Surgery is almost always used to repair a retinal tear, hole or detachment. Various techniques are available. Ask your ophthalmologist about the risks and benefits of your treatment options. Together you can determine what procedure or combination of procedures is best for you.

Retinal tears

When a retinal tear or hole has not yet progressed to detachment, your eye surgeon may suggest one of the following procedures to prevent retinal detachment and preserve vision.

  • Laser surgery (photocoagulation): the surgeon directs a laser beam into the eye through the pupil. The laser makes burns around the retinal tear, creating scarring that usually “welds” the retina to underlying tissue.
  • Freezing (cryopexy): after giving you a local anaesthetic to numb your eye, the surgeon applies a freezing probe to the outer surface of the eye directly over the tear. The freezing causes a scar that helps secure the retina to the eye wall.

Both of these procedures are done on an outpatient basis. After your procedure, you’ll likely be advised to avoid activities that might jar the eyes — such as running — for a couple of weeks or so.

Retinal detachment

If your retina has detached, you’ll need surgery to repair it, preferably within days of a diagnosis. The type of surgery your eye surgeon recommends will depend on several factors, including how severe the detachment is.

  • Injecting air or gas into your eye: in this procedure, called Pneumatic Retinopexy, the surgeon injects a bubble of air or gas into the centre part of the eye (the vitreous cavity). If positioned properly, the bubble pushes the area of the retina containing the hole or holes against the wall of the eye, stopping flow of fluid into the space behind the retina. Your doctor also uses cryopexy during the procedure to repair the retinal break.

Fluid that had collected under the retina is absorbed by itself, and the retina can then adhere to the wall of your eye. You may need to hold your head in a certain position for up to several days to keep the bubble in the proper position. The bubble eventually will reabsorb on its own.

You cannot fly or drive while the gas bubble is present.

  • Indenting the surface of your eye: this procedure, called scleral buckling, involves the surgeon sewing (suturing) a piece of silicone material to the white of your eye (sclera) over the affected area. This procedure indents the wall of the eye and relieves some of the force caused by the vitreous tugging on the retina.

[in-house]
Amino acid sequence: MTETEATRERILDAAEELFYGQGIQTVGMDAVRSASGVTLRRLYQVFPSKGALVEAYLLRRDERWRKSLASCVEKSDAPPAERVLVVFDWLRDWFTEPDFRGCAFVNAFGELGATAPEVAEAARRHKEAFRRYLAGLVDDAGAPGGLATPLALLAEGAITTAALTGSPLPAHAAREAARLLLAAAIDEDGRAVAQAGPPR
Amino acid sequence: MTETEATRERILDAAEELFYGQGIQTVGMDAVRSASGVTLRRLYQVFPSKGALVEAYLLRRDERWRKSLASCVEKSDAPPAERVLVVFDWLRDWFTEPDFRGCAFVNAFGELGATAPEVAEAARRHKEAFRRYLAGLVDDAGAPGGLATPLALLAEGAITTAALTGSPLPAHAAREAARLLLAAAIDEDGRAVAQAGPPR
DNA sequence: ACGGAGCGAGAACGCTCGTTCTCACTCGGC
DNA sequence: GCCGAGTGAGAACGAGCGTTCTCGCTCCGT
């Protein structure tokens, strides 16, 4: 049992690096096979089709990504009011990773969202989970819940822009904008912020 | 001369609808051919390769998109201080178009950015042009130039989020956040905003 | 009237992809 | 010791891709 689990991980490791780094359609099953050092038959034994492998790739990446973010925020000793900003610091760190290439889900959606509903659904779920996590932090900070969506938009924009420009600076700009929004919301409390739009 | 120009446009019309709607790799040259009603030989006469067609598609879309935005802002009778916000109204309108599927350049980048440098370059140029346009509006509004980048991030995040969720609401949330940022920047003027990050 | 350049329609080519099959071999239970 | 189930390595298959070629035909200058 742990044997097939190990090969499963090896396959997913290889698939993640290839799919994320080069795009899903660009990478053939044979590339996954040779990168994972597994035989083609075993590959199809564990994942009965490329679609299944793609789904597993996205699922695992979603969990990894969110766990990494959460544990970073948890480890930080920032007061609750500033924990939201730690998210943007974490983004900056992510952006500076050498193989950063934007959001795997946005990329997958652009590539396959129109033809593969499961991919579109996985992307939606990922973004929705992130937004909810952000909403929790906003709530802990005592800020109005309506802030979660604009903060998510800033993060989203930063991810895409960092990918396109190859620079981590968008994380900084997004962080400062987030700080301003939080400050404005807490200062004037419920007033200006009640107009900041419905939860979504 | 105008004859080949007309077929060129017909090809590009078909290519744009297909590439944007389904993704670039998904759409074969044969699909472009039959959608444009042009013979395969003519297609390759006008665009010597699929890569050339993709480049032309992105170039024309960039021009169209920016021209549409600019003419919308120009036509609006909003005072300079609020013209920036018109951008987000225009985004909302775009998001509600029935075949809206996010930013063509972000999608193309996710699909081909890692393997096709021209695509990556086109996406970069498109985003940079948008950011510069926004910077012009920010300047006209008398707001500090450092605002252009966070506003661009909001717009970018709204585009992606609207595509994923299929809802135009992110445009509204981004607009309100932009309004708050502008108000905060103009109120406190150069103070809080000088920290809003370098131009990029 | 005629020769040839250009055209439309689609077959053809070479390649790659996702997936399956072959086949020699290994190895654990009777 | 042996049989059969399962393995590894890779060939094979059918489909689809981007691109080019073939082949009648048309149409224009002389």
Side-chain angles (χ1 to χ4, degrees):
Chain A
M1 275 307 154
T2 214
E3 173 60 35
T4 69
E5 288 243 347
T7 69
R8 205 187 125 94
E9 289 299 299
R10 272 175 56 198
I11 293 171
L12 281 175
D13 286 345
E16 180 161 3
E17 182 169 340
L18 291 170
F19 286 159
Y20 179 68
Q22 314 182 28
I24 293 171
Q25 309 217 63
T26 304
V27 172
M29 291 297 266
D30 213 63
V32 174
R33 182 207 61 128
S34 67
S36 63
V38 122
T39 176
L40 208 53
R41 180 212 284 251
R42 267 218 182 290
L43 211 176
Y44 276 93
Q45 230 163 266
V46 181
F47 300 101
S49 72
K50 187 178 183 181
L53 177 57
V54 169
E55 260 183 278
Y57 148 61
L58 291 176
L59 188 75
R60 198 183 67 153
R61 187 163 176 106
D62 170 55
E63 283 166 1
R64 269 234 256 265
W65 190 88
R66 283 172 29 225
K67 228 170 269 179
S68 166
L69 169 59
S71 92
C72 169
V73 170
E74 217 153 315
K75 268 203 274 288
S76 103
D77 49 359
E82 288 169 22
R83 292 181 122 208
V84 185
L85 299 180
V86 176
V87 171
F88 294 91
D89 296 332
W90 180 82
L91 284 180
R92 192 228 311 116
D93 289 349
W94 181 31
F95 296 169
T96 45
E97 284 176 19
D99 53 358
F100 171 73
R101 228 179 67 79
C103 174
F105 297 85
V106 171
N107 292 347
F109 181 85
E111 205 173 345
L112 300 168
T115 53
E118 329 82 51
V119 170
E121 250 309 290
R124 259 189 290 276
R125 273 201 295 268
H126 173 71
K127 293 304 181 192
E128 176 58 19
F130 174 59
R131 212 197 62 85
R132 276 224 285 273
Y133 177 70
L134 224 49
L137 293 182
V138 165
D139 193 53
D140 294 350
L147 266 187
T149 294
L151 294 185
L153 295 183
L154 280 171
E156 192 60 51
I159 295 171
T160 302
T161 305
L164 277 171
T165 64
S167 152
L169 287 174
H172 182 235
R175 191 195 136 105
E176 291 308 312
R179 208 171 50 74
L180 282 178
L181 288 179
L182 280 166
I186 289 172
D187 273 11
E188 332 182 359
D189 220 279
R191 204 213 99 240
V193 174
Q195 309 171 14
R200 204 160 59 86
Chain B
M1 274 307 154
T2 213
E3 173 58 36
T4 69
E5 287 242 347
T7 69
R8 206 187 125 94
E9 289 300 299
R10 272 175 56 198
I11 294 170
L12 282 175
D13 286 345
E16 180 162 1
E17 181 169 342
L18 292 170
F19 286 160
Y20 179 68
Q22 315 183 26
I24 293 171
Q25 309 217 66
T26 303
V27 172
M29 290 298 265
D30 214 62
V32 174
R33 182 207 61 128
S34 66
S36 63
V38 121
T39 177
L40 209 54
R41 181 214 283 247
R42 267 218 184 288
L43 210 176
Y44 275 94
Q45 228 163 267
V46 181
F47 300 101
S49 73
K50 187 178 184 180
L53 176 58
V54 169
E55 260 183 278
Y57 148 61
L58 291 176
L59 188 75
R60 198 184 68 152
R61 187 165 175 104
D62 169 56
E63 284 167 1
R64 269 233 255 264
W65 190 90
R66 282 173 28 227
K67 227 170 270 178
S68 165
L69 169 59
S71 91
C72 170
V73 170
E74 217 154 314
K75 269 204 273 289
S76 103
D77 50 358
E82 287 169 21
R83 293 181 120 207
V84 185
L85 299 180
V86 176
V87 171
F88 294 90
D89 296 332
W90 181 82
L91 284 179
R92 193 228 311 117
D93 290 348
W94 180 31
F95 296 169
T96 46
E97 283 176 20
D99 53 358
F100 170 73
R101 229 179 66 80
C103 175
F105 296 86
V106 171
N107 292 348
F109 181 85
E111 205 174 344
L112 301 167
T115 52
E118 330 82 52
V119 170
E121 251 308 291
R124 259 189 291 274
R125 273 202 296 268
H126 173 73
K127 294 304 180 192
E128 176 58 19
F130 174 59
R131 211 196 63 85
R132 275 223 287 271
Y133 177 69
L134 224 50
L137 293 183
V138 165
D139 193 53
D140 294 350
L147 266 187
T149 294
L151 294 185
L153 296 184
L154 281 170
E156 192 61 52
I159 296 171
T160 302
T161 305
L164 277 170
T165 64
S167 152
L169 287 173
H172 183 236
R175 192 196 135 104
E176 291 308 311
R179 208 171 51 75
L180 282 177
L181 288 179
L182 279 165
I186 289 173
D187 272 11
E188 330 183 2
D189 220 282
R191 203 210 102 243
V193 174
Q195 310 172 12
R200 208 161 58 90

If you have several tears or holes or an extensive detachment, your surgeon may create a scleral buckle that encircles your entire eye like a belt. The buckle is placed in a way that doesn’t block your vision, and it usually remains in place permanently.

  • Draining and replacing the fluid in the eye: in this procedure, called vitrectomy, the surgeon removes the vitreous along with any tissue that is tugging on the retina. Air, gas or silicone oil is then injected into the vitreous space to help flatten the retina.

Eventually the air, gas or liquid will be absorbed, and the vitreous space will refill with body fluid. If silicone oil was used, it may be surgically removed months later.

Vitrectomy may be combined with a scleral buckling procedure.

Pneumatic Retinopexy


Surgery is usually successful in reattaching the retina in 8 out of 10 patients first time round.

However you may need two or more operations to complete the treatment. Some people have good vision with a retinal detachment if the central part of the retina (macula) was still in place. After surgery the vision may be initially worse because of the surgery. You may need to change your glasses once the eye has healed to get best vision to improve and may not return fully to normal.


It will depend on the extent and duration of retinal detachment. After surgery your vision may take several months to improve. Peripheral vision tends to return to normal after successful retinal detachment surgery. Reading vision is more likely to recover if the central part of the retina (macula) was not involved (macula on retinal detachment). The outcome tends to be worse if your macula was detached.

The longer the macula is detached prior to surgery the less visual improvement can be expected after surgery. Therefore it is important to have a retinal detachment treated as soon as possible, before the macula detaches.